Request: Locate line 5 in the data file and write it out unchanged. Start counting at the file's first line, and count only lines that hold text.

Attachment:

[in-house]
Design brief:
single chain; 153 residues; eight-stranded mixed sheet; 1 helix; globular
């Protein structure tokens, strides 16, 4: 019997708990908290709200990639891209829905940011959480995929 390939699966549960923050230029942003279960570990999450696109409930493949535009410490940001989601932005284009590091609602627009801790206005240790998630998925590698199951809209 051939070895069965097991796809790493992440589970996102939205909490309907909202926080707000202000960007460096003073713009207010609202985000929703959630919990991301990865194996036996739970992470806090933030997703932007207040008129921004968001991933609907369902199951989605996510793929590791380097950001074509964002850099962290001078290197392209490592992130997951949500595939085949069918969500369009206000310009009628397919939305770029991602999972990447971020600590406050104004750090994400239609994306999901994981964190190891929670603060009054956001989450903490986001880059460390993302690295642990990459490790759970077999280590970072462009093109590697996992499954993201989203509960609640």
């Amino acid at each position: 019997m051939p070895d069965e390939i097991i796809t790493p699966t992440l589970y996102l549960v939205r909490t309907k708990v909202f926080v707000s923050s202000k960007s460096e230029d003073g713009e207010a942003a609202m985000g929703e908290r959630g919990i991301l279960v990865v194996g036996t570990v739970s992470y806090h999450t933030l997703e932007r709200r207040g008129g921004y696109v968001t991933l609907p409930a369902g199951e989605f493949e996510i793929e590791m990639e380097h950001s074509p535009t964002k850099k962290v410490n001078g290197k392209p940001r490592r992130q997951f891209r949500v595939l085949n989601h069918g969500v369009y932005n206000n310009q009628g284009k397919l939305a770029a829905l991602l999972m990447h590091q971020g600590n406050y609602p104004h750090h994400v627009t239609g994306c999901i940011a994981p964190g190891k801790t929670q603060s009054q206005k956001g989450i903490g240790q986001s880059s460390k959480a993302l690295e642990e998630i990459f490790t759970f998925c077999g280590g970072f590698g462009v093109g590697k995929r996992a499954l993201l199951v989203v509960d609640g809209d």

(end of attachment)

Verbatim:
């Amino acid at each position: 019997m051939p070895d069965e390939i097991i796809t790493p699966t992440l589970y996102l549960v939205r909490t309907k708990v909202f926080v707000s923050s202000k960007s460096e230029d003073g713009e207010a942003a609202m985000g929703e908290r959630g919990i991301l279960v990865v194996g036996t570990v739970s992470y806090h999450t933030l997703e932007r709200r207040g008129g921004y696109v968001t991933l609907p409930a369902g199951e989605f493949e996510i793929e590791m990639e380097h950001s074509p535009t964002k850099k962290v410490n001078g290197k392209p940001r490592r992130q997951f891209r949500v595939l085949n989601h069918g969500v369009y932005n206000n310009q009628g284009k397919l939305a770029a829905l991602l999972m990447h590091q971020g600590n406050y609602p104004h750090h994400v627009t239609g994306c999901i940011a994981p964190g190891k801790t929670q603060s009054q206005k956001g989450i903490g240790q986001s880059s460390k959480a993302l690295e642990e998630i990459f490790t759970f998925c077999g280590g970072f590698g462009v093109g590697k995929r996992a499954l993201l199951v989203v509960d609640g809209d």